Kazungula Ferry

The Kazungula Ferry is a pontoon ferry across the 400-metre-wide (1,300 ft) Zambezi River between Botswana and Zambia. It is one of the largest ferries in south-central Africa, having a capacity of 70 tonnes (69 long tons; 77 short tons). The service is provided by two motorised pontoons and operates between border posts at Kazungula, Zambia and Kazungula, Botswana.[1]

It links the Livingstone-Sesheke road (which connects to the Trans–Caprivi Highway at Katima Mulilo and forms part of the Walvis Bay Corridor) to the main north-south highway of Botswana through Francistown and Gaborone to South Africa, and also to the Kasane-Victoria Falls road through Zimbabwe. It serves the international road traffic of three countries directly (Zambia, Zimbabwe and Botswana) and of three more indirectly (Namibia, South Africa and DR Congo).[2]

Whether Botswana and Zambia actually shared a common border, or whether the ferry was illegally crossing into Namibian or Rhodesian territory, was the subject of dispute. In 1970, South Africa (which at the time occupied Namibia) informed Botswana that there was no common border between Botswana and Zambia, claiming that a quadripoint existed. As a result, South Africa claimed, the Kazungula Ferry, which links Botswana and Zambia at the quadripoint, was illegal. Botswana firmly rejected both claims. There was actually a confrontation and shots were fired at the ferry;[3] some years later, the Rhodesian Army attacked and sank the ferry, maintaining that it was serving military purposes.

In 2003 the ferry was the site of a disaster when a severely overloaded Zambian truck capsized one of the pontoons and 18 people drowned. The accident was blamed on the lack of weighbridges in Zambia to check the weight of trucks.[4]

In August 2007 the governments of Zambia and Botswana announced a deal to construct a bridge at the site to replace the ferry.[5] The existence of a short boundary of about 150 metres (490 ft) between Zambia and Botswana was apparently agreed to during various meetings involving heads of state and/or officials from all four states in the 2006-10 period and is clearly shown in the African Development Fund project map,[6] matching the US Department of State Office of the Geographer depiction in Google Earth. The planned route for the new bridge crosses this boundary without entering Zimbabwe or Namibia.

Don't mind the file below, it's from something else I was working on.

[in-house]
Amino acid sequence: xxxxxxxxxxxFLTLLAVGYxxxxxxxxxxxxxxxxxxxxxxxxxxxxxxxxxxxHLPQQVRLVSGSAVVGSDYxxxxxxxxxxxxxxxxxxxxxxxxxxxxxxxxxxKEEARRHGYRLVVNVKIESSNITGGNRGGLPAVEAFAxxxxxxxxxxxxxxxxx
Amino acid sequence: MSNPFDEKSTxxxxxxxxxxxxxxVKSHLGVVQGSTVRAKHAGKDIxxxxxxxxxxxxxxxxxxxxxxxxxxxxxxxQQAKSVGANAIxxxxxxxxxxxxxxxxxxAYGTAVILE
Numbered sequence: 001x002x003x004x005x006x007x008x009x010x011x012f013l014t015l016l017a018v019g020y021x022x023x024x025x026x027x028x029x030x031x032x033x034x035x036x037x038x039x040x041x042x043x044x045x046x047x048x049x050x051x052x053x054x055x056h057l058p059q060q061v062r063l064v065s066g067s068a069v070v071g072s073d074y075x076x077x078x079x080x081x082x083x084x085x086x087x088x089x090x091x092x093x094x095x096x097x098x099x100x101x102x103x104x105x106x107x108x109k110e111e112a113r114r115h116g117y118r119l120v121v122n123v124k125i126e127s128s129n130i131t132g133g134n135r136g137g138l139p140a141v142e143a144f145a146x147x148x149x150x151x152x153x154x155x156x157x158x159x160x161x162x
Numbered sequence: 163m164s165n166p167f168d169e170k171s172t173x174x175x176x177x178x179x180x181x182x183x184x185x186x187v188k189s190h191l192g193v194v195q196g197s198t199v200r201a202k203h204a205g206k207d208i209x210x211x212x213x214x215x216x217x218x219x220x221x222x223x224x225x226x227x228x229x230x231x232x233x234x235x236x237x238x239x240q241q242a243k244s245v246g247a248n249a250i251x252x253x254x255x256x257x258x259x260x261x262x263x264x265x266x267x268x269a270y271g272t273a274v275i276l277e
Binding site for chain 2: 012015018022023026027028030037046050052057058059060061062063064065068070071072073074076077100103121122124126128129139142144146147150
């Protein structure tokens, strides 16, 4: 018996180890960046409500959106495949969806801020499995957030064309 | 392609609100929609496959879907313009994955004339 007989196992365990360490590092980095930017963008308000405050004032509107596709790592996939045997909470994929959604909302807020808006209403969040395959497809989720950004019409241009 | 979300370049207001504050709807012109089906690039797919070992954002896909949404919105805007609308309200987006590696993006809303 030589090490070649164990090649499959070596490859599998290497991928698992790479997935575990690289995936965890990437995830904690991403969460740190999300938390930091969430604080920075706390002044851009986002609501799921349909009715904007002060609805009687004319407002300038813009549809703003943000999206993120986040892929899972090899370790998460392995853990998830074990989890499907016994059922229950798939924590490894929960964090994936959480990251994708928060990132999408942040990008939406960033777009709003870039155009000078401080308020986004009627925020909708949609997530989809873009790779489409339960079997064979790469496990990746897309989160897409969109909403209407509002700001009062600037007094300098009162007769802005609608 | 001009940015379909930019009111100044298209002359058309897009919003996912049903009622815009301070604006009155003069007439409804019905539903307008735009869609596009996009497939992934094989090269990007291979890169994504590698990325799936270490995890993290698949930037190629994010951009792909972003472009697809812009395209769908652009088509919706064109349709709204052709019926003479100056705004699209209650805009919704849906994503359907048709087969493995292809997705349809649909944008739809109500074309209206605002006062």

Zimbabwe already has a bridge into Zambia at Victoria Falls, 70 km (43 mi) from Kazungula. Namibia already has a bridge into Zambia at Katima Mulilo about 150 km (93 mi) upriver. This proposed bridge will give a direct connection between Zambia and Botswana. But there is still no direct connection between Namibia and Zimbabwe, nor is one planned. Traffic from Namibia to Zimbabwe has to cross to Zambia at Katimo Mulilo, and then from Zambia into Zimbabwe at the Victoria Falls; or over this new bridge into Botswana, and thence into Zimbabwe at Pandamatenga. In practice, though, there is very little such traffic along this route, or demand. Most traffic between Namibia and Zimbabwe goes through Botswana via Maun, which is a considerably shorter route.

For those travelling from South Africa to Zambia's copperbelt or Lusaka by road, routes through Zimbabwe are several hundred kilometres shorter.

See also


  1. Camerapix: "Spectrum Guide to Zambia." Camerapix International Publishing, Nairobi, 1996.
  2. Terracarta/International Travel Maps, Vancouver Canada: "Zambia, 2nd edition", 2000.
  3. Griffiths, Ieuan Ll (1995). The African Inheritance. Psychology Press. p. 56. ISBN 978-0-415-01092-4.
  4. Times of Zambia website Archived 2007-09-27 at the Wayback Machine "Stiffer law against overloading ready" 7 February 2007, accessed 1 March 2007.
  5. "Zambia and Botswana reach Kazungula bridge deal." Palapye News blog. Retrieved 12 November 2007.
  6. Darwa, P. Opoku (2011). Kazungula Bridge Project (PDF). African Development Fund. p. Appendix IV. Retrieved 2015-05-13.
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